Published using Google Docs
Community Handbook [v08.30.23]
Updated automatically every 5 minutes


Community Handbook







ABSENCES        4

DISMISSAL        5





GOING OUTSIDE FOR LUNCH - “Out to Lunch, OTL”        6







CLOTHING        8


FOOD AND DRINK        11











HOMEWORK        16

GRADING        17


SUPPORT        17





TRIPS        18


School Policies and Procedures



Homeroom begins at 8:35 AM every day.

Breakfast is served in the cafeteria each morning beginning at 8:00 AM and ending at 8:30 AM. There will be a staff member in the cafeteria in the morning. If students are not eating in the cafeteria, they should not enter the building before 8:35 AM.

Students should use the second door to the east of the 6th Street main entrance, Entrance A, at the end of the building to enter.


Students arriving later than 8:45 AM will be marked late for the day. Lateness will be noted on a student’s record. Students who are late to school need to enter the building via the main entrance, Entrance B.

Students who arrive after 8:45 AM must go directly to the 318 main office to sign in and get a late pass before reporting to their scheduled class so that they are not marked absent for the day. Students who are late should report to their Homeroom first to check in their cell phone for the day.


When students are absent, they should bring a written note to the main office from the parent or guardian explaining the absence. This might also be in the form of an email to and/or your child’s advisor, or a Class Dojo message to your child’s advisor.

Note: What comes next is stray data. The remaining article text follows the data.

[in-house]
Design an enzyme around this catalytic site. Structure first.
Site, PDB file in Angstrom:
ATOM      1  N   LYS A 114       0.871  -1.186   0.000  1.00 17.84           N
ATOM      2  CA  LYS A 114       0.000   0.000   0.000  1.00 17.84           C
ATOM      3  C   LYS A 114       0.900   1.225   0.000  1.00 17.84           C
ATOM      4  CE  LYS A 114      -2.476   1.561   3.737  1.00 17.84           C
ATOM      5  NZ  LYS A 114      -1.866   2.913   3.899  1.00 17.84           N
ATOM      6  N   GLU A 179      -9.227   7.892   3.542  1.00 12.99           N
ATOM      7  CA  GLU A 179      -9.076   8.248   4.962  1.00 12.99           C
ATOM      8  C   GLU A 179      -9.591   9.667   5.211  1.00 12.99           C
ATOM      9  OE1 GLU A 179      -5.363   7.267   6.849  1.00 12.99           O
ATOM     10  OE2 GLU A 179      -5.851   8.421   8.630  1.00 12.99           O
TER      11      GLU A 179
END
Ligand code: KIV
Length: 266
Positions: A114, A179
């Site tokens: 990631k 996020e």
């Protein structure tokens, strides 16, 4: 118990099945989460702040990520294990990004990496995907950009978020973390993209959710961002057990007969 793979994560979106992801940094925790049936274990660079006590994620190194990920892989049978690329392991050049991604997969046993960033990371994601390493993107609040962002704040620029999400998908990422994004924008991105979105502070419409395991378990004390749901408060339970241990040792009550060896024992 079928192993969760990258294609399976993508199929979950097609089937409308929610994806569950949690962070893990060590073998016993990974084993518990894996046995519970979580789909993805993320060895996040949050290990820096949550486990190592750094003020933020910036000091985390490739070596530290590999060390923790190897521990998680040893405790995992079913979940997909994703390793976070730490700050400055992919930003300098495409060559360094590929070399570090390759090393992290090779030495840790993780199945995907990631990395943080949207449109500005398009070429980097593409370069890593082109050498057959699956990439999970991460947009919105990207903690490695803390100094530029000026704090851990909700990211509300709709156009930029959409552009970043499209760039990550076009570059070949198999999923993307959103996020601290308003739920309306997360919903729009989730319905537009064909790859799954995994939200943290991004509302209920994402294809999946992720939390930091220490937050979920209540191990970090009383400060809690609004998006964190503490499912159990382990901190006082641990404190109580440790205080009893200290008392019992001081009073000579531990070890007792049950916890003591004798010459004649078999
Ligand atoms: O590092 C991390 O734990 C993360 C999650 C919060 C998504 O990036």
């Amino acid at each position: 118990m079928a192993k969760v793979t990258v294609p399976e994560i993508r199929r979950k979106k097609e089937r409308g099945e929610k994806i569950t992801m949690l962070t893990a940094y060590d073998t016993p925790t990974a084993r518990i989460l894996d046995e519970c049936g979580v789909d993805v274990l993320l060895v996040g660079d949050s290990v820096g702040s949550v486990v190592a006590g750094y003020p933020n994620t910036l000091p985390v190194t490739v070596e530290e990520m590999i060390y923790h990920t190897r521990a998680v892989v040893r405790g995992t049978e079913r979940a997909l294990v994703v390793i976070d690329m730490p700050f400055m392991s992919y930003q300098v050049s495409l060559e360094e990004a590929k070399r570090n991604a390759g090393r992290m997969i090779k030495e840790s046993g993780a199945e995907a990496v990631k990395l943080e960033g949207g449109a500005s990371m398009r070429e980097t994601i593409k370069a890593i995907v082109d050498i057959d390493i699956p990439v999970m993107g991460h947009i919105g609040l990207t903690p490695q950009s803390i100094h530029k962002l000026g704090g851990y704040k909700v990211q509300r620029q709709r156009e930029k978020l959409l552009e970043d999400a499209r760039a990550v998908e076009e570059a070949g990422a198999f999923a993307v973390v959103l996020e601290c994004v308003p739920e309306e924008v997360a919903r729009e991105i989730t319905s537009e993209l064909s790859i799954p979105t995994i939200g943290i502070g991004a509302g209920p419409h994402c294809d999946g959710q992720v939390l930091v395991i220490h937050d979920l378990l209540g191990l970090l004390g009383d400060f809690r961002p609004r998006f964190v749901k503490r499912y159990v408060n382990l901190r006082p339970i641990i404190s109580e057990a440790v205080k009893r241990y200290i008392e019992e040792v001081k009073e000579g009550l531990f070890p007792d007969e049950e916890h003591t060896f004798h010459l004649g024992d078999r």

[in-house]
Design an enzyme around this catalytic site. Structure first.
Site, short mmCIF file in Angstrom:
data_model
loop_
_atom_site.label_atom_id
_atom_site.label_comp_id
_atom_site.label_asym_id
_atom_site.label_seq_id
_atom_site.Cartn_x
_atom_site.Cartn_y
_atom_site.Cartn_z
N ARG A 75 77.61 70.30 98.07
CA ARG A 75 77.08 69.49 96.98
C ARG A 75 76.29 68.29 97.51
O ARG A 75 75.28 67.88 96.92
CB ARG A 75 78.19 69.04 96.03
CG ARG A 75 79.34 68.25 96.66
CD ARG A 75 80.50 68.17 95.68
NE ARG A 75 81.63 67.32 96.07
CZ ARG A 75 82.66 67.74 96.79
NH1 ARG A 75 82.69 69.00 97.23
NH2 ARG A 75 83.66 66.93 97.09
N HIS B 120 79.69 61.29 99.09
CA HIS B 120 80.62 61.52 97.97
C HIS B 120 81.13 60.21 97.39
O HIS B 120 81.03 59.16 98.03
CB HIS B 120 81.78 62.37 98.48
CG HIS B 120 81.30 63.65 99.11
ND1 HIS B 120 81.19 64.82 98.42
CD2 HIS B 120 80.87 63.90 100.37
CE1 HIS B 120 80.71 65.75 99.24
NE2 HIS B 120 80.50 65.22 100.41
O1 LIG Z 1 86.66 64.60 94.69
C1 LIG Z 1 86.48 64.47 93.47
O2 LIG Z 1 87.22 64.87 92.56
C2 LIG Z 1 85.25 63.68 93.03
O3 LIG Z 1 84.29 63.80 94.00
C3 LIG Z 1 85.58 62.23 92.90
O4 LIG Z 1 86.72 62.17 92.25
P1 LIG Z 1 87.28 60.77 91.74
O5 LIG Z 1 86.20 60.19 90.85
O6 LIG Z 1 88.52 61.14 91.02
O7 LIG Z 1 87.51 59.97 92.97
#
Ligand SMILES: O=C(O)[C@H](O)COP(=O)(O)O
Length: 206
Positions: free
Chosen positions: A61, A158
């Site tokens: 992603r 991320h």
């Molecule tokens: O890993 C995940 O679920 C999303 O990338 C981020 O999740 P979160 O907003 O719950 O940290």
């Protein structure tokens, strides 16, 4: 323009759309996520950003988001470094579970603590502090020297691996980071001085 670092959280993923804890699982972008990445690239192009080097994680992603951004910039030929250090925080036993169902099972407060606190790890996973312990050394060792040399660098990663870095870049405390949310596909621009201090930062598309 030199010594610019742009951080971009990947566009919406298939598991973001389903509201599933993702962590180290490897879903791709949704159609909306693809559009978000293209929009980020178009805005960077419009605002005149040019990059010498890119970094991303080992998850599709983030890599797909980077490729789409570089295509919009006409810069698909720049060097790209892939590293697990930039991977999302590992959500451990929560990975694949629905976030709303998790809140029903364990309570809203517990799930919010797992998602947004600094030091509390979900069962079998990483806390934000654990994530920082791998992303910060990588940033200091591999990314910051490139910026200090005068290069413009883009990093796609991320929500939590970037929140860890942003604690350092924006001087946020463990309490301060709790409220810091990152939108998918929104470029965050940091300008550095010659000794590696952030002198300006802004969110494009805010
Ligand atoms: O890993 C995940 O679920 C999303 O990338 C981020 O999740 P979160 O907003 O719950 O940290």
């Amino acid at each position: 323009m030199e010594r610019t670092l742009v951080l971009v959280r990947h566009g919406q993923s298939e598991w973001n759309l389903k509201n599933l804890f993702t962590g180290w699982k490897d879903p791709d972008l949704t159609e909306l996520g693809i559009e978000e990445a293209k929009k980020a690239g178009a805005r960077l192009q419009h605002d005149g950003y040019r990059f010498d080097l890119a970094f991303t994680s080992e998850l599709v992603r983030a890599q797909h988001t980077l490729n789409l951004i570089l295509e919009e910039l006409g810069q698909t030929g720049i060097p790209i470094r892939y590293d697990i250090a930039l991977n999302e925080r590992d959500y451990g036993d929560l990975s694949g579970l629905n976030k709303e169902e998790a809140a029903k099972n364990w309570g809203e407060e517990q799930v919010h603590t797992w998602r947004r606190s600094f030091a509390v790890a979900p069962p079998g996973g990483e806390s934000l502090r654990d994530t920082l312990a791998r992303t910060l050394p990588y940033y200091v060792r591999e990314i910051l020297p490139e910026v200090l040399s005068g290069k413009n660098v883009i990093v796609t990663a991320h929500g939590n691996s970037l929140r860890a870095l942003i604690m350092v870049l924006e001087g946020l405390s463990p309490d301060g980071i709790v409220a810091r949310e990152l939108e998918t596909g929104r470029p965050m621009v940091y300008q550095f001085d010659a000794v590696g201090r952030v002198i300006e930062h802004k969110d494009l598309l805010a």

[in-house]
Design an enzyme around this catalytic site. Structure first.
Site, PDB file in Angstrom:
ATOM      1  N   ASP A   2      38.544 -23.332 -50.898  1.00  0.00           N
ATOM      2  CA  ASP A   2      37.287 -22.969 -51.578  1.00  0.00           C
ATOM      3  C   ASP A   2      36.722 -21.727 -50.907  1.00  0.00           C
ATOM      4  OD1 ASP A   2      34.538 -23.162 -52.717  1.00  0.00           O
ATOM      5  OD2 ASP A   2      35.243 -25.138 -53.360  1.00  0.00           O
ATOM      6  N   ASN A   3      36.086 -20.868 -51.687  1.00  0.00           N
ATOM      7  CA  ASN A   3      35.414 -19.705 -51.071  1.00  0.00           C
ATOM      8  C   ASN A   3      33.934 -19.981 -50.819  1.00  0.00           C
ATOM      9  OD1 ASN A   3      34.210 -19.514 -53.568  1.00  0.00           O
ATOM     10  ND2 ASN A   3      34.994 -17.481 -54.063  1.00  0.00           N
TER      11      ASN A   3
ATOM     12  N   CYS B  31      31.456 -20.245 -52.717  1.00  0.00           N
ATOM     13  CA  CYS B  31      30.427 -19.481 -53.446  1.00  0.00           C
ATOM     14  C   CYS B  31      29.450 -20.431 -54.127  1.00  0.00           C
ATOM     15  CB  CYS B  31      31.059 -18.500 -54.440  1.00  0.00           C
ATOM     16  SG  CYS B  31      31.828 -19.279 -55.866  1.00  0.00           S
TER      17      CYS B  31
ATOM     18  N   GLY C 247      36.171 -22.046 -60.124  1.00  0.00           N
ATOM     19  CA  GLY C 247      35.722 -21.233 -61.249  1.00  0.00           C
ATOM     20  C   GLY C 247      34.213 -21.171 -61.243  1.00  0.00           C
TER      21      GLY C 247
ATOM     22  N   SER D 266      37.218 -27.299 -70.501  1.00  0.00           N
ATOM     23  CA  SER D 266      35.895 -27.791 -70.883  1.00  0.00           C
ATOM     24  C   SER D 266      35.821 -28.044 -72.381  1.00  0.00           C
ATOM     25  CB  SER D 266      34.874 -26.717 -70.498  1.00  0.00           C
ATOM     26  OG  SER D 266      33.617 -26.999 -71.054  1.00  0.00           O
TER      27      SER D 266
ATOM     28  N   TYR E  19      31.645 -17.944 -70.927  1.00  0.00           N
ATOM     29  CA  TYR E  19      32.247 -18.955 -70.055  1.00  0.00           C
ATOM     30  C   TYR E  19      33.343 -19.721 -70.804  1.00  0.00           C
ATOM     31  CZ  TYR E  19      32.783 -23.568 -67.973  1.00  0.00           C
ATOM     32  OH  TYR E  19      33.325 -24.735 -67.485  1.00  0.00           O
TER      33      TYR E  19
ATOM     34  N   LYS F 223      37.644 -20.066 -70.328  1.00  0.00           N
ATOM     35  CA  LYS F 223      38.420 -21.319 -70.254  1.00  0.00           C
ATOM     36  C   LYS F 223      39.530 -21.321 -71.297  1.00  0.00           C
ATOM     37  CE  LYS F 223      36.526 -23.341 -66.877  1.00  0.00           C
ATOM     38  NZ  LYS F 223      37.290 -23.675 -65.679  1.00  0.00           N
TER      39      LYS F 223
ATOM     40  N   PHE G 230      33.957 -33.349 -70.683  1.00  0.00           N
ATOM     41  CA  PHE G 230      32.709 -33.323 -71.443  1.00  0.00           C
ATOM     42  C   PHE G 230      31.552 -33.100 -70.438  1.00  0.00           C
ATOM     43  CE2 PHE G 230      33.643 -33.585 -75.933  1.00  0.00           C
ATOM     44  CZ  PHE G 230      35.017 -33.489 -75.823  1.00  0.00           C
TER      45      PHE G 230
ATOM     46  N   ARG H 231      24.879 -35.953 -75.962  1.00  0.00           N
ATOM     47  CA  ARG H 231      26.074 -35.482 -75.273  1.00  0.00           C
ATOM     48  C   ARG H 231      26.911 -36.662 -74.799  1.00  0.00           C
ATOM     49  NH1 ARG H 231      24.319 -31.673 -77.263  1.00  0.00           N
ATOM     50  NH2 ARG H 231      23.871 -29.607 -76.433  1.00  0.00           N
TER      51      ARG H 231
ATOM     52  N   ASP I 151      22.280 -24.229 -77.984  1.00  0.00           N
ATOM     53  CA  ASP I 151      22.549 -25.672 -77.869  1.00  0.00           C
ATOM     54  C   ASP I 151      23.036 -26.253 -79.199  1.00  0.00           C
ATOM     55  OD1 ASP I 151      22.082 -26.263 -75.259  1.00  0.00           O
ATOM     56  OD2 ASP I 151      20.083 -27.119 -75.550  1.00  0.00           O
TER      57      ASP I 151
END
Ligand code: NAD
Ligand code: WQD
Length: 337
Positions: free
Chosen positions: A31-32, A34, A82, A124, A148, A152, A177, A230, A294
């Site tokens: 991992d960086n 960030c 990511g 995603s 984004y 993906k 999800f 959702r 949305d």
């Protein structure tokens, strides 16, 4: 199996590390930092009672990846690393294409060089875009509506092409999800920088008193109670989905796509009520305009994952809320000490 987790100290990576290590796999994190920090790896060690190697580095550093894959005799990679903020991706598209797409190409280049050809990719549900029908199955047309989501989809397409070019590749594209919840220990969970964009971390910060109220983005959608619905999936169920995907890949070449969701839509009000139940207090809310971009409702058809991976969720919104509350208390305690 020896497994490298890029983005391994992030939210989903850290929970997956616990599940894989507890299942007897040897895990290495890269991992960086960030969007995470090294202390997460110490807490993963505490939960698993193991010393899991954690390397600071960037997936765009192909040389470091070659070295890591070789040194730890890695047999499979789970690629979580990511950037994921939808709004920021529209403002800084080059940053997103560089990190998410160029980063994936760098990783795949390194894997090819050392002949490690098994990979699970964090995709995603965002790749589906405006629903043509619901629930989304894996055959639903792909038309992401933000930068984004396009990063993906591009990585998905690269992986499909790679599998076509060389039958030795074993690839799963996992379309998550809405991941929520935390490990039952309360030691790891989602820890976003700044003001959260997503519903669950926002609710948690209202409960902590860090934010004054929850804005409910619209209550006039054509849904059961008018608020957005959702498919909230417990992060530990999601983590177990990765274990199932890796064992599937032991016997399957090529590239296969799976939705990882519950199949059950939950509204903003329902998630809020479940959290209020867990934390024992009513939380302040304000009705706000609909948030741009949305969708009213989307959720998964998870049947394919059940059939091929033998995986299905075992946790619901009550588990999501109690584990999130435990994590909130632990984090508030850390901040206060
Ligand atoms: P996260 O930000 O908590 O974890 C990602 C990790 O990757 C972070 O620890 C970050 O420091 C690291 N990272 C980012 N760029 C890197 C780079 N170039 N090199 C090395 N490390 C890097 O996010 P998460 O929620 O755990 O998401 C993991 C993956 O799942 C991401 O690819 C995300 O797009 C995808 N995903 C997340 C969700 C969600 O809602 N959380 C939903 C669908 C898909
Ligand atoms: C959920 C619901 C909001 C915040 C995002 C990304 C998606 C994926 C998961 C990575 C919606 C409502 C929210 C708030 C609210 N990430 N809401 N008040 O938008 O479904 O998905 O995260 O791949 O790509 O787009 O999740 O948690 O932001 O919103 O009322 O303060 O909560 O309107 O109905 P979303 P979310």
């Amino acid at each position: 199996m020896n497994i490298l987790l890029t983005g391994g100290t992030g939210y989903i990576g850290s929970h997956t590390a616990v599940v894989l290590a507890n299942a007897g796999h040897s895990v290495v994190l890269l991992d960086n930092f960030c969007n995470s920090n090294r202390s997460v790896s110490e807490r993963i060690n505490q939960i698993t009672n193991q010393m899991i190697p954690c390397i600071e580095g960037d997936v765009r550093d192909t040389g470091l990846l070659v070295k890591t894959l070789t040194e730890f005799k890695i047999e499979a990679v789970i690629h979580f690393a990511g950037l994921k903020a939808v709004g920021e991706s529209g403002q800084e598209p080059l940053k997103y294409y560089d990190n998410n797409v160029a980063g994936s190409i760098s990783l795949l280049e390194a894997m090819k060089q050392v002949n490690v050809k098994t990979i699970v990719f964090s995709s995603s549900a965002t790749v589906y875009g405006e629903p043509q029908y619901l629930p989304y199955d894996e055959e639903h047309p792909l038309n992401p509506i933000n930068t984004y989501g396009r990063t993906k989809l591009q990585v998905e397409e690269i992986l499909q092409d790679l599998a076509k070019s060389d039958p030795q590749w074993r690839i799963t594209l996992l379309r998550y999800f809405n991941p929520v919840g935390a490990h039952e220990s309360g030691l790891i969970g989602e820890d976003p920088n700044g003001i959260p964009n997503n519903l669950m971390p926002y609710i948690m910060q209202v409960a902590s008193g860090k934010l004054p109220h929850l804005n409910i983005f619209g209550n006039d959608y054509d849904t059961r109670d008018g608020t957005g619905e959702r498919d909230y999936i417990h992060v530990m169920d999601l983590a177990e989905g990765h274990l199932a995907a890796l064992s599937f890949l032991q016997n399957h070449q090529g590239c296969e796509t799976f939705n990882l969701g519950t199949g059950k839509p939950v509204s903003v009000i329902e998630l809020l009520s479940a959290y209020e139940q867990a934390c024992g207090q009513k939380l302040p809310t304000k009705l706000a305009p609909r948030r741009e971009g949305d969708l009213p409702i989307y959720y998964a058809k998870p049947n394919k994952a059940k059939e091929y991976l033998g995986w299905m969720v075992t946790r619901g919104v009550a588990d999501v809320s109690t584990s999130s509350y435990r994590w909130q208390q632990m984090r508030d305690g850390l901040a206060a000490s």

Communicable diseases such as flu, stomach virus, chicken pox, measles, conjunctivitis (pink eye), head lice, etc., should be immediately reported to the school office. Students with communicable diseases should remain out of school until they are no longer contagious. A doctor’s note is encouraged upon their return to school.

Students’ punctuality and attendance are essential to their success; when high schools select students for admission, a student’s attendance record is weighed heavily. A pattern of lateness or absence is a concern and will lead to a family conference.

Attendance Protocol:

Attendance is essential to student success in school both academically and emotionally. Student attendance will be taken officially during HR. Teachers will also likely have unofficial attendance records for their classes either in JumpRope or some other online/paper format.

  1. If a student has accumulated 3-5 absences within 1-2 months, advisors will call home to check in about attendance and discuss any support that might be needed.
  2. Once a student has accumulated 10 absences, Sonhando and Lillian will call the family in for a meeting. The purpose of this meeting is to understand the absences, reiterate the importance of coming to school on time, and discuss any support a family might need in getting their student to school.
  3. Once a student has accumulated 15 or more absences, they will be referred for support in implementing a plan for improved attendance.


Students will be dismissed at 2:35 PM Monday, Wednesday, and Friday, and 3:25 PM Tuesday and Thursday from their classes everyday. Students who are enrolled in after school activities at TSMS remain in the building. They may not leave for any reason. Students are dismissed out of Exit A on 6th Street half a block toward Avenue C from the main entrance and are not to linger on school grounds after dismissal.

In order for a student to leave the school building early due to an appointment, family obligation, etc., a parent or guardian must sign her or him out in the main office, as per NYCDOE regulations. A student may ONLY be released to those persons indicated on their Emergency Contact Card.